NOW that Halloween and All Souls Day are over, it is time to turn to the upcoming festive holiday season, with Christmas tree lightings and official switching on of decorations being held all over the metropolis this week and next.
In Makati’s central business district, Ayala Land opened the annual display of Christmas street lights on Nov. 5.
“Christmas is always special for Filipinos because it’s about bonding with family and loved ones. We realize that for many Filipinos, experiencing Makati’s holiday displays have become part of their Christmas celebrations, alongside revered Filipino Christmas traditions such as the simbang gabi (dawn masses), family reunions, and noche buena (Christmas eve dinner),” Shiella Aguilar, Makati Project Development Head for Ayala Land, was quoted as saying in a press release. “This is why Ayala Land ensures that our Christmas celebrations in Makati are truly inspiring and memorable. We’d like to bring the community together and give them all the opportunities to create new and wonderful memories.”
Interior designer Zenas Pineda, who has been the creative force behind the Ayala Land street lights for seven years, focused on the Filipino Christmas traditions of simbang gabi and misa de gallo (Christmas Eve mass) for this year’s street lights.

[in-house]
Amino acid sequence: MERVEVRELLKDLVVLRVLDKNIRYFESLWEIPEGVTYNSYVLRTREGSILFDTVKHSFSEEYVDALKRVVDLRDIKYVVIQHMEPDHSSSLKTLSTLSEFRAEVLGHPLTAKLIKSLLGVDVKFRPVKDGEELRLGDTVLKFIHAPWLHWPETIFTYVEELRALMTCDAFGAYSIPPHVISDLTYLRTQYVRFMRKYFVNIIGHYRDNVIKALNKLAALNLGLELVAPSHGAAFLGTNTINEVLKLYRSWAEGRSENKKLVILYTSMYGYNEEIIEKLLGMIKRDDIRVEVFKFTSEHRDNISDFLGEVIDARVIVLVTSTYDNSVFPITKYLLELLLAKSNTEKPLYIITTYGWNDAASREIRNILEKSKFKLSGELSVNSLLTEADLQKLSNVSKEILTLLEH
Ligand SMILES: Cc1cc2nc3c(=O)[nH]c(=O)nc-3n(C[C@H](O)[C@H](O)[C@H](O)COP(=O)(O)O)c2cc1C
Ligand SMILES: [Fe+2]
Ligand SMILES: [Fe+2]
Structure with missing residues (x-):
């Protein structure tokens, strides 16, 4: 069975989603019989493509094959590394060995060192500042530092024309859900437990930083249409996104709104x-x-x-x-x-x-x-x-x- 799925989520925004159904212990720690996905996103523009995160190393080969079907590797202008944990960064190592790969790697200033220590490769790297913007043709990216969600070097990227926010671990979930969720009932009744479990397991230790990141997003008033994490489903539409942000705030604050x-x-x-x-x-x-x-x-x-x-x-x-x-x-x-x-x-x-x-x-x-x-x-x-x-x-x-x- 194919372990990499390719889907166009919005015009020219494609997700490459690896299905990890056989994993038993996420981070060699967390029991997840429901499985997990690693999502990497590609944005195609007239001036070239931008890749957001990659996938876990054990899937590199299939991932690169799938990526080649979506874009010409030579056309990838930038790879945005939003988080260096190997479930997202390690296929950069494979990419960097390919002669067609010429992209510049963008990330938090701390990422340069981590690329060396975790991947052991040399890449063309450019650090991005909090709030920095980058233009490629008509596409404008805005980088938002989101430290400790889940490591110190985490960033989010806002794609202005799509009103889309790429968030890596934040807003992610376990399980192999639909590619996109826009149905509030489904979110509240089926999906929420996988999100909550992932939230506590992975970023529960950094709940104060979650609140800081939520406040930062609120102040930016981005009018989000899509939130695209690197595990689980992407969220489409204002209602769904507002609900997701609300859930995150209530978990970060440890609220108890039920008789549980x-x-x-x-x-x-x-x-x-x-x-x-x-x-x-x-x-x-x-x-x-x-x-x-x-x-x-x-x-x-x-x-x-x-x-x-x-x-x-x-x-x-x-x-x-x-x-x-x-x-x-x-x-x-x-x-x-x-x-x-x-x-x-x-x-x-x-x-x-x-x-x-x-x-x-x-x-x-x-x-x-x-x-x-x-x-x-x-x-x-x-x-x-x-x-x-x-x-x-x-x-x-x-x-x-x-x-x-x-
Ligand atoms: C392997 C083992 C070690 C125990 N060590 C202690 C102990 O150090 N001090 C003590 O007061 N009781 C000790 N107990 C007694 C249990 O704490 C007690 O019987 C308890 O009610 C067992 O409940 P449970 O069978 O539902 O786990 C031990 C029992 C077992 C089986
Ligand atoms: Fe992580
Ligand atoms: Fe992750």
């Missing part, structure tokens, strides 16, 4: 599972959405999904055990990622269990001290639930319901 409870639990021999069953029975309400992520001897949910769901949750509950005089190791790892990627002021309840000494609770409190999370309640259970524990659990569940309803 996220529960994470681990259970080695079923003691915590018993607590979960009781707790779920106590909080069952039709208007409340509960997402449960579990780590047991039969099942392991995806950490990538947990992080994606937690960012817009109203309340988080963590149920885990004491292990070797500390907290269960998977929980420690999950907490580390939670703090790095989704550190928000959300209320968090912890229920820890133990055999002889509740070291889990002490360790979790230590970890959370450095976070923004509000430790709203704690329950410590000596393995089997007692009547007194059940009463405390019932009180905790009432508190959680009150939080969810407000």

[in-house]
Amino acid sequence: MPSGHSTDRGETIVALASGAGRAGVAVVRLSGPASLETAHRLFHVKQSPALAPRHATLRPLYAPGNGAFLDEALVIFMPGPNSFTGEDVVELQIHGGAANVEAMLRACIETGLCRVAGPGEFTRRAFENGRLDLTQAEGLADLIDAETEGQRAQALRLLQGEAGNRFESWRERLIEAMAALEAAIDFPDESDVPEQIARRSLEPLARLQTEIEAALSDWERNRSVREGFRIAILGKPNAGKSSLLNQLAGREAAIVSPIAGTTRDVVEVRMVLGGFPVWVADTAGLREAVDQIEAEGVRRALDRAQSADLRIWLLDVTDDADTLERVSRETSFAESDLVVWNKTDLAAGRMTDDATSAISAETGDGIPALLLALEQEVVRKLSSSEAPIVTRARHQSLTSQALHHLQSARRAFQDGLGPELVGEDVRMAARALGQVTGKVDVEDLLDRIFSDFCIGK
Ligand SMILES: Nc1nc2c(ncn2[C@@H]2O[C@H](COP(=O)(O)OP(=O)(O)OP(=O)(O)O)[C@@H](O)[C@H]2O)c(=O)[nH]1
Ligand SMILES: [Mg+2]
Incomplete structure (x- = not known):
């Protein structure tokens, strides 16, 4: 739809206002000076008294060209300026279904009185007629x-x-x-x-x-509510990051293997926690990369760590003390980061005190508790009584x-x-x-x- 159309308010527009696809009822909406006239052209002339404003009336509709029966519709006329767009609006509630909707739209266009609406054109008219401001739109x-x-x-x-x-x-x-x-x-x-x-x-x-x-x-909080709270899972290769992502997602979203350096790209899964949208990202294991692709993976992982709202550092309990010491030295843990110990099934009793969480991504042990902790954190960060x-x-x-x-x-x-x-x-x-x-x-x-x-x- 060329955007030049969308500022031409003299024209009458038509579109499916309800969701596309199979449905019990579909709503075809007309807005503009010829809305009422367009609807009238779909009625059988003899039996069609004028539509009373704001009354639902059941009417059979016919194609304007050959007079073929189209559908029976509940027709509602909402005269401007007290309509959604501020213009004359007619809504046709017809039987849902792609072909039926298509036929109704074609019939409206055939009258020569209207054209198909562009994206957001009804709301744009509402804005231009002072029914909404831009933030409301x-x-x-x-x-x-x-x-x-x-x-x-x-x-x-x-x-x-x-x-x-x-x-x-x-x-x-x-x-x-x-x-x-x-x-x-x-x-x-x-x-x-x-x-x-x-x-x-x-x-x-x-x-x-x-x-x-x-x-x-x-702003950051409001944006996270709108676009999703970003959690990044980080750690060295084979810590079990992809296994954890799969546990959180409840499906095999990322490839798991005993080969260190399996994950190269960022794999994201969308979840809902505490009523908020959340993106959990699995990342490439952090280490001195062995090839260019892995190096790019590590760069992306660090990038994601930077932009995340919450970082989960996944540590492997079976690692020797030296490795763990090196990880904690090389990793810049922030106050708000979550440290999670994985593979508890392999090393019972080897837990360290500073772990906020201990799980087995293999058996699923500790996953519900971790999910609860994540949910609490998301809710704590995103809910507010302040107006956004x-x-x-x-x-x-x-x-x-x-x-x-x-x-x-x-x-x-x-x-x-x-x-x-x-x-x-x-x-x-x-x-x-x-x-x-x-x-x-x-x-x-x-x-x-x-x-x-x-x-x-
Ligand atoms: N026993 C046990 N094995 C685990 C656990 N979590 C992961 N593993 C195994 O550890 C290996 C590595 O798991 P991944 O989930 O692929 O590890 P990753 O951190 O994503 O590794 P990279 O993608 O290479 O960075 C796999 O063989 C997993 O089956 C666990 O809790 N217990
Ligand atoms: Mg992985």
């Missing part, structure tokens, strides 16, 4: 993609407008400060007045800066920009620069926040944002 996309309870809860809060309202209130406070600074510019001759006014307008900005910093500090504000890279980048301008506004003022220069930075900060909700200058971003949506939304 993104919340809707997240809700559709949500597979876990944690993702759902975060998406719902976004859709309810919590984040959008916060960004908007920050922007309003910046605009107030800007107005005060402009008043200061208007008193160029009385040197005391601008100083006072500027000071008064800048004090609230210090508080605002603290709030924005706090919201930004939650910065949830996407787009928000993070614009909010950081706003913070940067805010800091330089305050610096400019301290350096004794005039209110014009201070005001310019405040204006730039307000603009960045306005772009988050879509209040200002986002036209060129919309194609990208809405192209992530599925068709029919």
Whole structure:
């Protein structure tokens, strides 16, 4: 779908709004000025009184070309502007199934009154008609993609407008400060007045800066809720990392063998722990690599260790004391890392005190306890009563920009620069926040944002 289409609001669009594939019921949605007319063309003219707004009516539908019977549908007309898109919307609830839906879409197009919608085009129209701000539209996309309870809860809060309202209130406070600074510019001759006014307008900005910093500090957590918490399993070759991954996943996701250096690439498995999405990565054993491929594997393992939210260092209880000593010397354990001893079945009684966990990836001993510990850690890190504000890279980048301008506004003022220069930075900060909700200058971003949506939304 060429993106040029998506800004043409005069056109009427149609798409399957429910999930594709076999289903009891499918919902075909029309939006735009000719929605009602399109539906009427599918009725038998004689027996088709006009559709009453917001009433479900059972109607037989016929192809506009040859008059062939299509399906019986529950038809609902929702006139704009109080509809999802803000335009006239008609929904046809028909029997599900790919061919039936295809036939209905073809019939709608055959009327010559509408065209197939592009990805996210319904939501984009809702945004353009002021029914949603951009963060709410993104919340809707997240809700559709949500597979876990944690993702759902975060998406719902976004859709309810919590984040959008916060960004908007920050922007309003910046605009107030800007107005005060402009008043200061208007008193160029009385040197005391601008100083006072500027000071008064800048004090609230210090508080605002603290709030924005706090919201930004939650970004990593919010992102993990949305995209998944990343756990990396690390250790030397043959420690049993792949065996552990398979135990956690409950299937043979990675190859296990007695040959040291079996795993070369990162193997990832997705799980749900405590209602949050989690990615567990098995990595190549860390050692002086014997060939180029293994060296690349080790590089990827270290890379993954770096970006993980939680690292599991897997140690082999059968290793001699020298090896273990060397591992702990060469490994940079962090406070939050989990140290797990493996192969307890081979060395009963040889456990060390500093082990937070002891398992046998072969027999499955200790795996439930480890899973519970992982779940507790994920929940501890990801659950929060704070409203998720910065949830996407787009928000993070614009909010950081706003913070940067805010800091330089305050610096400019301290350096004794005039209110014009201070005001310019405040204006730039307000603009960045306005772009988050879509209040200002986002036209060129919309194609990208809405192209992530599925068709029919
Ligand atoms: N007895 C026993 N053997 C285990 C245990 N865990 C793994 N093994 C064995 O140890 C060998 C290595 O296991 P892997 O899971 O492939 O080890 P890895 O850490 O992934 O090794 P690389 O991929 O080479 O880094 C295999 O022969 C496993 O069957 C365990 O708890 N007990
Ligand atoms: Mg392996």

The light-covered structures — made of metal rods, stainless steel screens painted in gold, and LED lights — were modeled after the retablos or altar pieces, those large, ornately carved wooden structures found as a backdrop to the altars in heritage churches from around the country.
“We wanted to represent Luzon, Visayas, and Mindanao in our choices,” Ms. Pineda said about how the she and the Ayala Land team decided on which churches to include. “The altar [piece] represents our spiritual preparations.”
The featured retablos are those of the San Sebastian Church in Manila; the Sanctuario de San Agustin in Makati; the San Miguel Archangel Parish in Cebu; Molo Church in Iloilo; and the Immaculate Conception Church of Jasaan in Misamis Oriental.
“We wanted to show that we are very conscious of our traditions and we want to keep on doing it,” Ms. Pineda added.
Alongside the retablos are “totem poles” made from metal sheets representing the objects mentioned in the traditional carol, “12 Days of Christmas,” such as ladies dancing, turtle doves, and French hens.
The streets lights along Ayala Avenue will be lit every night until Jan. 8.
Meanwhile, the annual Festival of Lights show at the Ayala Triangle Gardens will start on Nov. 9. — Michelle Anne P. Soliman